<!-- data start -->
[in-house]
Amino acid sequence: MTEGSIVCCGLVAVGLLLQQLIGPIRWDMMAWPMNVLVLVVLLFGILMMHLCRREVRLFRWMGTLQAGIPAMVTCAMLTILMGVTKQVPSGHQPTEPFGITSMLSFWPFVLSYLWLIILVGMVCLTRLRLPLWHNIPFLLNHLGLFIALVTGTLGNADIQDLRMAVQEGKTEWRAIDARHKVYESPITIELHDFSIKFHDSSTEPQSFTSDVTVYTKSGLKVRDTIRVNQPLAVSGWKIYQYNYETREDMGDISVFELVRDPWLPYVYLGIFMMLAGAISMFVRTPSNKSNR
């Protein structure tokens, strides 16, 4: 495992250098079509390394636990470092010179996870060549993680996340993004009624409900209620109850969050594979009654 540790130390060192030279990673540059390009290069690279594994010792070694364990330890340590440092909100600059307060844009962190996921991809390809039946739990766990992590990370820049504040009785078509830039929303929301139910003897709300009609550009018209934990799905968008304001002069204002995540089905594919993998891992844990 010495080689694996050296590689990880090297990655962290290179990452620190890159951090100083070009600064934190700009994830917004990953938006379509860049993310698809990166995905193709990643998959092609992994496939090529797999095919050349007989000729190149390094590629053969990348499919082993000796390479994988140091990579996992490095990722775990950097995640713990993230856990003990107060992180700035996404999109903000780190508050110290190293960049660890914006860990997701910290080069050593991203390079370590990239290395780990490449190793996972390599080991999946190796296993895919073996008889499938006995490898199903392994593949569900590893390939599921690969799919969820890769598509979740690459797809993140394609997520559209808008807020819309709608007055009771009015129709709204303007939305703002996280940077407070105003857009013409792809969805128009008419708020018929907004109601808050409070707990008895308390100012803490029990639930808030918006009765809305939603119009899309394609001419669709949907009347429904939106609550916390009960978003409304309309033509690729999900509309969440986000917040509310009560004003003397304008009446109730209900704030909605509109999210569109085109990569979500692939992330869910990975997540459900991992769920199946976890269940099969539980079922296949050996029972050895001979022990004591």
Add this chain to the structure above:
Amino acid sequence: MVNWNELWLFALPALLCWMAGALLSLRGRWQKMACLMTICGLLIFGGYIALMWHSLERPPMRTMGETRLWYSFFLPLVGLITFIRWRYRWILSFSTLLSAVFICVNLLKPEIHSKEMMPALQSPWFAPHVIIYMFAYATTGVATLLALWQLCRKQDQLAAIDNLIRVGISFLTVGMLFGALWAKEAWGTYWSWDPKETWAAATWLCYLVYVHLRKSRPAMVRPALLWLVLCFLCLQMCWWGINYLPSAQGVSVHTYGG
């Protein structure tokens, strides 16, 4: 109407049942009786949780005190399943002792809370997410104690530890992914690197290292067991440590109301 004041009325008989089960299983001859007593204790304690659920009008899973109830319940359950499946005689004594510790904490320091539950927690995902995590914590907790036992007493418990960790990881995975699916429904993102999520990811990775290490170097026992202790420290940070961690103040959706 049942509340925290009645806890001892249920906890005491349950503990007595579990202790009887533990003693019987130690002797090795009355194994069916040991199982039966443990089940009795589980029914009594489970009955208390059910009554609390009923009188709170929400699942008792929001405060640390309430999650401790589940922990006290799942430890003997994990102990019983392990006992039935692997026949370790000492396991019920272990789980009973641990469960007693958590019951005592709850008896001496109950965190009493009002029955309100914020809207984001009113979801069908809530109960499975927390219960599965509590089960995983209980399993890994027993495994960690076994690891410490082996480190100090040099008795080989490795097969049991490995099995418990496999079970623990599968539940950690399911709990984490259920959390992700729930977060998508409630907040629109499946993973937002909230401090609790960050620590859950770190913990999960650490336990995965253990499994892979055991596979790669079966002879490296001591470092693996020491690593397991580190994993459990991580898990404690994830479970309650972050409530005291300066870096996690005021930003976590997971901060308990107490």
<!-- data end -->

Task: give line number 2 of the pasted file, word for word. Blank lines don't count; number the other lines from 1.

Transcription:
Amino acid sequence: MTEGSIVCCGLVAVGLLLQQLIGPIRWDMMAWPMNVLVLVVLLFGILMMHLCRREVRLFRWMGTLQAGIPAMVTCAMLTILMGVTKQVPSGHQPTEPFGITSMLSFWPFVLSYLWLIILVGMVCLTRLRLPLWHNIPFLLNHLGLFIALVTGTLGNADIQDLRMAVQEGKTEWRAIDARHKVYESPITIELHDFSIKFHDSSTEPQSFTSDVTVYTKSGLKVRDTIRVNQPLAVSGWKIYQYNYETREDMGDISVFELVRDPWLPYVYLGIFMMLAGAISMFVRTPSNKSNR